What we choose to do about worsening congestion in the next few decades will be a product of the long and complex history of multiple innovations outlined above and also of the types of innovations and technology that characterize the current era. If history teaches us any lessons, it is that the effectiveness of available technical innovations will be tempered and directed by political priorities and interpretations of what is possible and desirable. Today there is little political will to dramatically expand existing highway networks and little support for extreme measures, such as vehicle restrictions that could control congestion but stifle economic growth. A large proportion of available transportation resources will be needed to maintain, replace, and repair our existing aging highway and transit networks, leaving little money to spend on new roads or expanded transit systems.
At the same time, the major force influencing the world economy in recent years has been information technology (IT). Rapid and extensive integration of IT with the transportation network is already underway and is the key to the management of congestion growth. Thus far, however, the accomplishments are quite modest in comparison with the possibilities.
Travelers today can receive directions to their destinations in their vehicles on handheld computers or by using devices incorporated into their dashboards. Most currently available information is similar to a traditional road atlas in that route information is not yet modified by data on current traffic conditions. For 30 years, traffic and transportation authorities have been gradually incorporating instruments into roadways and vehicles to provide increasingly useful information for managing traffic flows. “Loop detectors” buried under arterial streets and freeways report on traffic density, and the data they collect are being used to estimate speeds and travel times with increasing accuracy. In some cities, these data are being used to optimize the timing of traffic signals in order to maximize flows on segments of street networks. Cameras located on bridges and over busy intersections complement the data collected from the detectors to feed visual images of incidents to traffic control centers from which tow trucks and emergency vehicles can be dispatched when needed.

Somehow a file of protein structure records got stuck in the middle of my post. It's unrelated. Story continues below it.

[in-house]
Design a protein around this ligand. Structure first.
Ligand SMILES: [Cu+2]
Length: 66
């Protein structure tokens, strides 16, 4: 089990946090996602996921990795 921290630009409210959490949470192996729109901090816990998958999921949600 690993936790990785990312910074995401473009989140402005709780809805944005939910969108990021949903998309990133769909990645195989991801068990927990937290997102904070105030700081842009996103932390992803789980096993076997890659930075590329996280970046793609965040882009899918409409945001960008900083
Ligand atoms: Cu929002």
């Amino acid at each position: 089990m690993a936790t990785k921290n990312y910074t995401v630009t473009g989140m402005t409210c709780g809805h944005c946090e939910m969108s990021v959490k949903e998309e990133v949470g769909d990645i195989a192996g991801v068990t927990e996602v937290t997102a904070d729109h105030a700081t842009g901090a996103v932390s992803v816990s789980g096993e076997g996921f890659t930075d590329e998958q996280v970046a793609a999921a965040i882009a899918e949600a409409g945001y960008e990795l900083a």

Thus far, most applications of this technology have enabled us to improve the management of parts of the transportation system in real time on the basis of information on current flows. Because traffic patterns repeat themselves day after day, techniques are emerging that will soon enable us to merge historical data with information taken from the monitoring of current flows to predict traffic patterns with increasing accuracy over the coming minutes and hours. This information will in the near future be made available to potential travelers over the Internet and through cell phones, car radios, or dashboard display screens to those already on the road.
The extent to which the application of IT will allow us to better manage traffic flows to save travelers time and money is in the longer term more likely to be limited by political and social considerations than it is by the technology itself. For example, it is technologically feasible to track vehicle locations and to provide drivers with specific information on the current and projected traffic levels and travel times on several alternate routes. However, concerns about intrusion into personal privacy could limit the use of this innovation.